In these remaining days of Advent, what is God inviting you to say "yes" to?  What graces do you need to overcome the fear and resistance that hold you back from giving your full "yes" to God?  If you’re not sure where to start, perhaps you too can ask Mary and Joseph for some guidance.

Let us pray…

Erin R. Hoffman
Assistant Director of Campus Ministry for Spiritual Programs

Monday, December 15, 2014

Third Sunday in Advent (Gaudete Sunday)

Why is it so dark in here?

Last night, as we gathered in the University Church (in unusually dim light) to celebrate the Third Sunday of Advent—Gaudete Sunday—many asked this question.

Why is it so dark in here?

And isn’t that the same question Advent asks of us? As the sun sets earlier and earlier, leaving us literally “in the dark,” this season leaves us waiting for the light, longing for the light—for the coming of Christ, the true light, into our world.

And truth be told, sometimes our world is dark. Really dark. Wars rage. People are shot and killed on our streets. Friendships, relationships, and marriages fall apart. Most often, we persist in the little sins, the drama and little hurts that tear us apart.

Take a moment, right now, and call to mind those things. Call to mind those darknesses that you’re dealing with right now.

Name them. Face them. Hold them in your heart.

Why is it so dark in here?

But this Third Sunday of Advent—this Gaudete! Sunday—calls us to REJOICE!

Because even in darkness, we invoke the light that has come into our lives! We symbolize that ever-growing light with candles—one, then two, then three, then four—that symbolize our growing hope, our anticipation of the coming of Christ.

That for which we long has come and will come again

But don’t get me wrong—that doesn’t mean everything is okay. Quite the opposite.

Why is it so dark in here?

Christ, the true light, dwells within and among us. And although those are words we say a lot, we need to consider the full depth of their meaning. These words are a command! Because Christ is present in us and through us, we are called through prayer and action to make our joy known to the world, that all “may have life, and have it more abundantly!” (Jn. 10:10). 

The First Reading gives us pretty specific ideas of what it means to bring this light to the world:

The spirit of the Lord GOD is upon me,
he has sent me to bring glad tidings to the poor,
to heal the brokenhearted,
to proclaim liberty to the captives
and release to the prisoners,
to announce a year of favor from the LORD
and a day of vindication by our God.

To ask, “Why is it so dark in here?”  is to ask “How do I make it light?”

Rejoice, People of God, and work to make it light!

Paul J. Schutz
PhD Candidate in Systematic Theology, Assistant Director of Music for Campus Ministry

Sunday, December 7, 2014

Second Sunday of Advent

Advent is a time of joyful anticipation – a time when we await the coming of the Lord and the beginning of the fulfillment of the new covenant with the birth of Jesus. With joyful voice, we hear that anticipation proclaimed over and again in today’s readings. We hear of God’s comfort and forgiveness, compassion and care and a deep, patient and resounding love.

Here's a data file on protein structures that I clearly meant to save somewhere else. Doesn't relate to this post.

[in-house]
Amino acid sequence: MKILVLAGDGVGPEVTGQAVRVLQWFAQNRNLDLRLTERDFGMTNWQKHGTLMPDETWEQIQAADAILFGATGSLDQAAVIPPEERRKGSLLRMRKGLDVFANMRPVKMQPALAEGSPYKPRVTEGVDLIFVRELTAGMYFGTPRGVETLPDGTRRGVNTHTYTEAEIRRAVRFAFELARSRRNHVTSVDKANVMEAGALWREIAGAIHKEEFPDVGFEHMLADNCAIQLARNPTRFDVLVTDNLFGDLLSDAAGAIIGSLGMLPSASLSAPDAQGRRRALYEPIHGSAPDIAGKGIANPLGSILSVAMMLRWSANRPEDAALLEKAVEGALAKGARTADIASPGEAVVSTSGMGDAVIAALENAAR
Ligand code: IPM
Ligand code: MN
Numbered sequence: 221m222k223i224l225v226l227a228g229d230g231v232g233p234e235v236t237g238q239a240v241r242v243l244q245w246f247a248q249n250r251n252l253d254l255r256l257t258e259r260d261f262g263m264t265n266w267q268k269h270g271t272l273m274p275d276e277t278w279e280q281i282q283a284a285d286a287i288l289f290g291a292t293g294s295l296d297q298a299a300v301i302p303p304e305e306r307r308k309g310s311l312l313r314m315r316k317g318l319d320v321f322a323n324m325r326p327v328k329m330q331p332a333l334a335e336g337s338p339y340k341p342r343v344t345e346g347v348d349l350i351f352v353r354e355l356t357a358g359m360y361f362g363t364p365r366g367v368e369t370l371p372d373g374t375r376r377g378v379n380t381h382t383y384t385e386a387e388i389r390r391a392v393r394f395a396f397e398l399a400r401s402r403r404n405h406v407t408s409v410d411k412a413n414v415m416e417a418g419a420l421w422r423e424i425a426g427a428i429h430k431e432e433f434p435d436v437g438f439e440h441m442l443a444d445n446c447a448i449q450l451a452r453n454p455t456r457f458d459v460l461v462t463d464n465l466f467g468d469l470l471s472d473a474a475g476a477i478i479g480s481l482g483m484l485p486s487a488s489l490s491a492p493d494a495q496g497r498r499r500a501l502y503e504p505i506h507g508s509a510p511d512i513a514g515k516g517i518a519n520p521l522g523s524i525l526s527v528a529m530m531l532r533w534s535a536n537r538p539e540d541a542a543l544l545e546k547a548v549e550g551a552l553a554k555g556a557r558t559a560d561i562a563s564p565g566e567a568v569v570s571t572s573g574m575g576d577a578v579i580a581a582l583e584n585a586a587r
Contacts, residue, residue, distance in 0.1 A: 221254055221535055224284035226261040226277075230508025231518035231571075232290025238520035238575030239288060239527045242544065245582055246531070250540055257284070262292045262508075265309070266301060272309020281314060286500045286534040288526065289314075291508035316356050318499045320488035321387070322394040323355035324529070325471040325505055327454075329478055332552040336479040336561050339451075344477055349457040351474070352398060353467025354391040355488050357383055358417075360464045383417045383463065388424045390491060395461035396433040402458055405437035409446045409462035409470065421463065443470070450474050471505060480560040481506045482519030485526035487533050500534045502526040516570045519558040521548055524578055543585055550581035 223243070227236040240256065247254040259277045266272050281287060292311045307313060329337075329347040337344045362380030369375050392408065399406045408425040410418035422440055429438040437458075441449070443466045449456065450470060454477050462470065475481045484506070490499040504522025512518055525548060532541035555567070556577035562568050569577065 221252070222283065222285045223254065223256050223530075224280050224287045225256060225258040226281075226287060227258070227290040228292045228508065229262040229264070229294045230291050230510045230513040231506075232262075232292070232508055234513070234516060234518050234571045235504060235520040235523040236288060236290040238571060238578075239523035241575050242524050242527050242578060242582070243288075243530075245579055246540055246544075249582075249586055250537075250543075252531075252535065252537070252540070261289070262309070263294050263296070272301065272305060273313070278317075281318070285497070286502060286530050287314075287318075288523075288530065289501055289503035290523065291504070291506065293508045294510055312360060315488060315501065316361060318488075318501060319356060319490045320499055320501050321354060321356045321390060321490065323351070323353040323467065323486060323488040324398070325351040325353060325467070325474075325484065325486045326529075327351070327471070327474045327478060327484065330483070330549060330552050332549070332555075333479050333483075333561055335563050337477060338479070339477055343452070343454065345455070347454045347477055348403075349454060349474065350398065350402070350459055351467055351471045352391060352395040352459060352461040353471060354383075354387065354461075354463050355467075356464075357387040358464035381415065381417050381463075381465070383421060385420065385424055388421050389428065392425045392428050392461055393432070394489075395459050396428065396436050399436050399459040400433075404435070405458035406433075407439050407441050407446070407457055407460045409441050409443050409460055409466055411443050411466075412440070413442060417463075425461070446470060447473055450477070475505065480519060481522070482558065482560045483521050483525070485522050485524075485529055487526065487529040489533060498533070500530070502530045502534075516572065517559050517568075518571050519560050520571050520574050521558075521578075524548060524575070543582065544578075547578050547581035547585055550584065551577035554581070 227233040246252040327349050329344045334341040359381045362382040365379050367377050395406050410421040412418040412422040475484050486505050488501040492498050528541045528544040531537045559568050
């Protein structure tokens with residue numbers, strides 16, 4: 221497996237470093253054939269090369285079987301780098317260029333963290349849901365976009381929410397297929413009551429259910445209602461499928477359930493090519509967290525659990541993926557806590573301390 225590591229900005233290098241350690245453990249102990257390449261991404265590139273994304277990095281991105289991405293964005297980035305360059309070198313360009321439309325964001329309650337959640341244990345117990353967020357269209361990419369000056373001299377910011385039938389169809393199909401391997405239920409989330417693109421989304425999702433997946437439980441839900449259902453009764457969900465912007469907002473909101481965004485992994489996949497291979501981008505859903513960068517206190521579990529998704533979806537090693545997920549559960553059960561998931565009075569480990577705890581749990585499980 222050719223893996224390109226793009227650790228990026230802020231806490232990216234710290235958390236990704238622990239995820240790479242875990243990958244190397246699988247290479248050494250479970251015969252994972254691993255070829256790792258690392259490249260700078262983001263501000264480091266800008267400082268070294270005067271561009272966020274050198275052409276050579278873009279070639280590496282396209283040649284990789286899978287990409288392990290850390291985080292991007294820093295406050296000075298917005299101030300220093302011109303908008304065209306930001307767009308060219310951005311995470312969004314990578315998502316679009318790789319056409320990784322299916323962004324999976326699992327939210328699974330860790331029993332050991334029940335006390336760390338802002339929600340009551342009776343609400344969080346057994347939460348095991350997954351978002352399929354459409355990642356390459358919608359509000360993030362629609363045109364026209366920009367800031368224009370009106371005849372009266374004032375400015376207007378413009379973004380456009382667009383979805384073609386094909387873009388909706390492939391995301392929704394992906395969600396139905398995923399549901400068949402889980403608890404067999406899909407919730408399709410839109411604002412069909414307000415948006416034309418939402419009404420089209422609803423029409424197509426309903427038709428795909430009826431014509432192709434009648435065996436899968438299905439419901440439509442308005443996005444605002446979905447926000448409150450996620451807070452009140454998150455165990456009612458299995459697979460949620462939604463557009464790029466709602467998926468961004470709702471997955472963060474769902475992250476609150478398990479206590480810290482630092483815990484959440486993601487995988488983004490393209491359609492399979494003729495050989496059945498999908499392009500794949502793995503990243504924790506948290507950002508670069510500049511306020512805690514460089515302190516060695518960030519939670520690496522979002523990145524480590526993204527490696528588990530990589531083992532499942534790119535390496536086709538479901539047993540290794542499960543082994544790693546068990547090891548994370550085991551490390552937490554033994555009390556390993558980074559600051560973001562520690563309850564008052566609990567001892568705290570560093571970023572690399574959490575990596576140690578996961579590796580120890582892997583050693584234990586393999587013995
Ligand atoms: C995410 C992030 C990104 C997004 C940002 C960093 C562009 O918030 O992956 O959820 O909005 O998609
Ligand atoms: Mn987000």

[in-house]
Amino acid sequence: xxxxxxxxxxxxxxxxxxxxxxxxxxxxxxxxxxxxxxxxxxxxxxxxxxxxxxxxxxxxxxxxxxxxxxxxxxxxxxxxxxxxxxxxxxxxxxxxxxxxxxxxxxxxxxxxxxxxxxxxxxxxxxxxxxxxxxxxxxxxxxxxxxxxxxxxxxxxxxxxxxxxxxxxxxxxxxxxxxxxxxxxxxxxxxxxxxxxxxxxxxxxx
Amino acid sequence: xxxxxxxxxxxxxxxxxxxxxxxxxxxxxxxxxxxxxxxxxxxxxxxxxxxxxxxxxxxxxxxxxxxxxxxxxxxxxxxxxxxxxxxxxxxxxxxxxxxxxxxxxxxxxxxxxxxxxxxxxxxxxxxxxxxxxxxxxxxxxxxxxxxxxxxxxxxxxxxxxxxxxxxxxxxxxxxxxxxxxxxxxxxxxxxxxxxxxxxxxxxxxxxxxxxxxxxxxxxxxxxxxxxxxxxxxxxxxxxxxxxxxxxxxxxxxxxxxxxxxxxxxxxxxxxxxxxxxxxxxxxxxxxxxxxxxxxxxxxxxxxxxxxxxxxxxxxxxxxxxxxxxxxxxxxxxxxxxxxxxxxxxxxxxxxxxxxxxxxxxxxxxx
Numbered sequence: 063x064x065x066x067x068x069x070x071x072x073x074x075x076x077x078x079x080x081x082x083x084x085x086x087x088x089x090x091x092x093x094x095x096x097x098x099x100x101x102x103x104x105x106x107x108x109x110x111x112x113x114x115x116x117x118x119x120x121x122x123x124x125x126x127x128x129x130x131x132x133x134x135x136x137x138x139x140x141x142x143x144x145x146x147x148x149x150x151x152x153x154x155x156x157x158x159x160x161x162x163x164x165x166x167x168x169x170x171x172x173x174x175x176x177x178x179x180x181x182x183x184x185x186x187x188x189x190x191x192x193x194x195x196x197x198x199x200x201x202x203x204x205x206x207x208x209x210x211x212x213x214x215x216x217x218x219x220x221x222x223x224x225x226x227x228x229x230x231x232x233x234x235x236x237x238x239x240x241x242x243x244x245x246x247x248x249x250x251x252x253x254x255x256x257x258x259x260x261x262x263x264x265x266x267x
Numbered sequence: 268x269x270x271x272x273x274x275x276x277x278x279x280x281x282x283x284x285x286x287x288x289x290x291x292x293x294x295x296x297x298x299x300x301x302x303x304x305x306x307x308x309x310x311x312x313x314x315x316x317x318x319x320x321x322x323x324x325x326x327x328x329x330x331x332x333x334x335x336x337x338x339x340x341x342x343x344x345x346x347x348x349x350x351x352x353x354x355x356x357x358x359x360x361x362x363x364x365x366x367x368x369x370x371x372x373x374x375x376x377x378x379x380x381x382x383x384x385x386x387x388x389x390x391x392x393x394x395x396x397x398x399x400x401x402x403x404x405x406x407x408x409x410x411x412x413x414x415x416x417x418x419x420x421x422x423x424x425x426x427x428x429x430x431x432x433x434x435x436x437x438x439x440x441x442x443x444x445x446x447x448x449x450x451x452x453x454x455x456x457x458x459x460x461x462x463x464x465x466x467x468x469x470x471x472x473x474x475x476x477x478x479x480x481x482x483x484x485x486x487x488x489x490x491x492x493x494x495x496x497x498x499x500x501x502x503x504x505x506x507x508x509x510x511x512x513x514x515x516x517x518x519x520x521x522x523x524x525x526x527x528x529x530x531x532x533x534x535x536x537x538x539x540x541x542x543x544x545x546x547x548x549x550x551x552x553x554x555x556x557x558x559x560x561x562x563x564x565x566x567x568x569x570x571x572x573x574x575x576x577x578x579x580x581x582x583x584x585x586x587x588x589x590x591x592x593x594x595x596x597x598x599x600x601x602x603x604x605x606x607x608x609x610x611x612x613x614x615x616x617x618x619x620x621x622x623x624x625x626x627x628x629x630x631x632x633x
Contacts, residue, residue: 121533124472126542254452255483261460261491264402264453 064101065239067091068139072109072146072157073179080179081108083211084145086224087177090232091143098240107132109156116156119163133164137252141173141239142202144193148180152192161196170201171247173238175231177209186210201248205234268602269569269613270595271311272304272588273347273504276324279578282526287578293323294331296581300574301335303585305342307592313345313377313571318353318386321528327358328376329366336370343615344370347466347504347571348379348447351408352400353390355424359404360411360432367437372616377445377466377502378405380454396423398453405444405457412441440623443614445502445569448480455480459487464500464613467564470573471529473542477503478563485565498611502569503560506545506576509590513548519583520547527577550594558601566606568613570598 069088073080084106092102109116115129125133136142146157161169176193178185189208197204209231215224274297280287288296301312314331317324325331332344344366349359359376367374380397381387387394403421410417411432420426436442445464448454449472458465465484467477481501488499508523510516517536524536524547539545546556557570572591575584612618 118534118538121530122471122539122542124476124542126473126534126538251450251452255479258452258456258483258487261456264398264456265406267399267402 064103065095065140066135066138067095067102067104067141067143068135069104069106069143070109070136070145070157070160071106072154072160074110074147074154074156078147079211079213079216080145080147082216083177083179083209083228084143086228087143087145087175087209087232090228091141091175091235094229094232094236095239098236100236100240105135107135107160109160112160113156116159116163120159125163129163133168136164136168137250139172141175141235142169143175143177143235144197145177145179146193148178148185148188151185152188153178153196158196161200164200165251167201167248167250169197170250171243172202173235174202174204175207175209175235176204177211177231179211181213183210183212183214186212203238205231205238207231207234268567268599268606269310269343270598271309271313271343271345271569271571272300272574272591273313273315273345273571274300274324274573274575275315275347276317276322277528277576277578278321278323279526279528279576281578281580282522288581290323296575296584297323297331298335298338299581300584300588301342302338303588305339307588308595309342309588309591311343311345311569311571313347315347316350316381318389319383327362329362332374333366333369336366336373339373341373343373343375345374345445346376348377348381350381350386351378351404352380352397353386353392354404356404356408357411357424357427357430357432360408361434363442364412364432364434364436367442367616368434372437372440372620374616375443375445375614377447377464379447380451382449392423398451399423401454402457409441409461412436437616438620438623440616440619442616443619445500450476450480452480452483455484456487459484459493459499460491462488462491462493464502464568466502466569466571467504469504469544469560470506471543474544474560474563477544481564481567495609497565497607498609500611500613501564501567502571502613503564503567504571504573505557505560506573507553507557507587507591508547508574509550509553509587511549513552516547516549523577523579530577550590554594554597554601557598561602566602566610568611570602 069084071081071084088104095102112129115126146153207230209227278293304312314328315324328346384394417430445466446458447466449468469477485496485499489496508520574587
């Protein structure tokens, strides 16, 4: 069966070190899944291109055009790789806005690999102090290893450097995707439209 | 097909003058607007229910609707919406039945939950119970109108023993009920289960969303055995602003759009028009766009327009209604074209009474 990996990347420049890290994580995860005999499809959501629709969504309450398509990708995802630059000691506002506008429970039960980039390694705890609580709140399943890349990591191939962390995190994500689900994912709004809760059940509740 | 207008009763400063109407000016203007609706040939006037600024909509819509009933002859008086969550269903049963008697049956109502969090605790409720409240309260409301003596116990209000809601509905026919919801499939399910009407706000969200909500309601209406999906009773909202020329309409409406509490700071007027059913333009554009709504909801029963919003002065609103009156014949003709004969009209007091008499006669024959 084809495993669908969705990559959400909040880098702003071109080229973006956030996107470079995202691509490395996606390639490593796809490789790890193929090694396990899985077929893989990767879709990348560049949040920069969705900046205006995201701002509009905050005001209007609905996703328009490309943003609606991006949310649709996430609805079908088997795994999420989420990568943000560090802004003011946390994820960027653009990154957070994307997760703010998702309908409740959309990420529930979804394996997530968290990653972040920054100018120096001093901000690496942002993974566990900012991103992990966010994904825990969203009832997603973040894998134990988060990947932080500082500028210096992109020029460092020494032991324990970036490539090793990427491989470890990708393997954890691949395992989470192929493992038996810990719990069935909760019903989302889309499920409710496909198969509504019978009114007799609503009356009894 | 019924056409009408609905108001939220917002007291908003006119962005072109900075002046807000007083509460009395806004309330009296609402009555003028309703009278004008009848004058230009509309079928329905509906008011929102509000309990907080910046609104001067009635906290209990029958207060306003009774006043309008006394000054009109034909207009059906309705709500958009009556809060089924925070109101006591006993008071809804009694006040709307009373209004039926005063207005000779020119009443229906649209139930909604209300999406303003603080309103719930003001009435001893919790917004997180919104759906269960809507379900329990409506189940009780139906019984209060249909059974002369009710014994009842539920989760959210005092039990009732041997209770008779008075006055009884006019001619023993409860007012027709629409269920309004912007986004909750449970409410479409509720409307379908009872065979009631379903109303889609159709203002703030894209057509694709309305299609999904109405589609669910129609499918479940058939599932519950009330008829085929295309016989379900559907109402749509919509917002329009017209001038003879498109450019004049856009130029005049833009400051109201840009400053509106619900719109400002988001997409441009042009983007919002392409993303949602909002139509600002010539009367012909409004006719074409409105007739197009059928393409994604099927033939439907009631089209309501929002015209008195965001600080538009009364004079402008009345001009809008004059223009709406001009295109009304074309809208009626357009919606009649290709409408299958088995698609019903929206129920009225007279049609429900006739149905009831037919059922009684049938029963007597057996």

In the Gospel, John the Baptist speaks of one who is mightier than he who will come after him – one who will baptize not with water, but with the Holy Spirit, which will pour out into the world.

As we prepare for the birth of Jesus, God’s magnificent outpouring of love into the world, we are invited to “prepare the way” – to purify our hearts - to level the mountains and fill the valleys, making a highway through the wasteland - and to proclaim from the highest mountain – God is near!

How do we prepare the way today? Worldly preparations for the Christmas season seemed to have started early this year, with decorations and carols making their appearance in stores and shops well before Thanksgiving. Yet I wonder if the real preparation, or perhaps the preparation for the preparation, doesn’t begin earlier, in the quiet moments of our lives; those moments when we are invited by God to know God’s love and compassion, God’s forgiveness and God’s overwhelming desire that no one be excluded from the banquet of the Lord. Advent is a time to prayerfully acknowledge our own mountains and valleys, and joyfully make even the inner-road. In our preparations, we are equally invited to turn our gaze outward as well. Just as the Israelites waited in eager anticipation for the coming of the Messiah, there are many in our world today who today also await in anticipation – those on the margins who look to be brought into the center, those who have suffered pain who look to be healed and those whose hearts cry out for God’s mercy, justice and love. God was welcomed into the world in a humble manger. As we prepare to welcome God into the world today, what kind of world do we prepare?

In the birth of Jesus we are invited to experience an outpouring of God’s love that is so generous, so powerful and so wholly gratuitous that the only truly appropriate response is to continue to pour out that love. In Advent we are invited to let God’s love pour into our hearts, our lives, our labor and our world and prepare the way for a world where God’s love reigns supreme.  We glimpse that world in the today’s psalm:

Kindness and truth shall meet;
justice and peace shall kiss.
Truth shall spring out of the earth,
and justice shall look down from heaven.

Indeed Lord, we pray, in this time of Advent as we prepare the way, let us see your kindness, and grant us your salvation. Amen.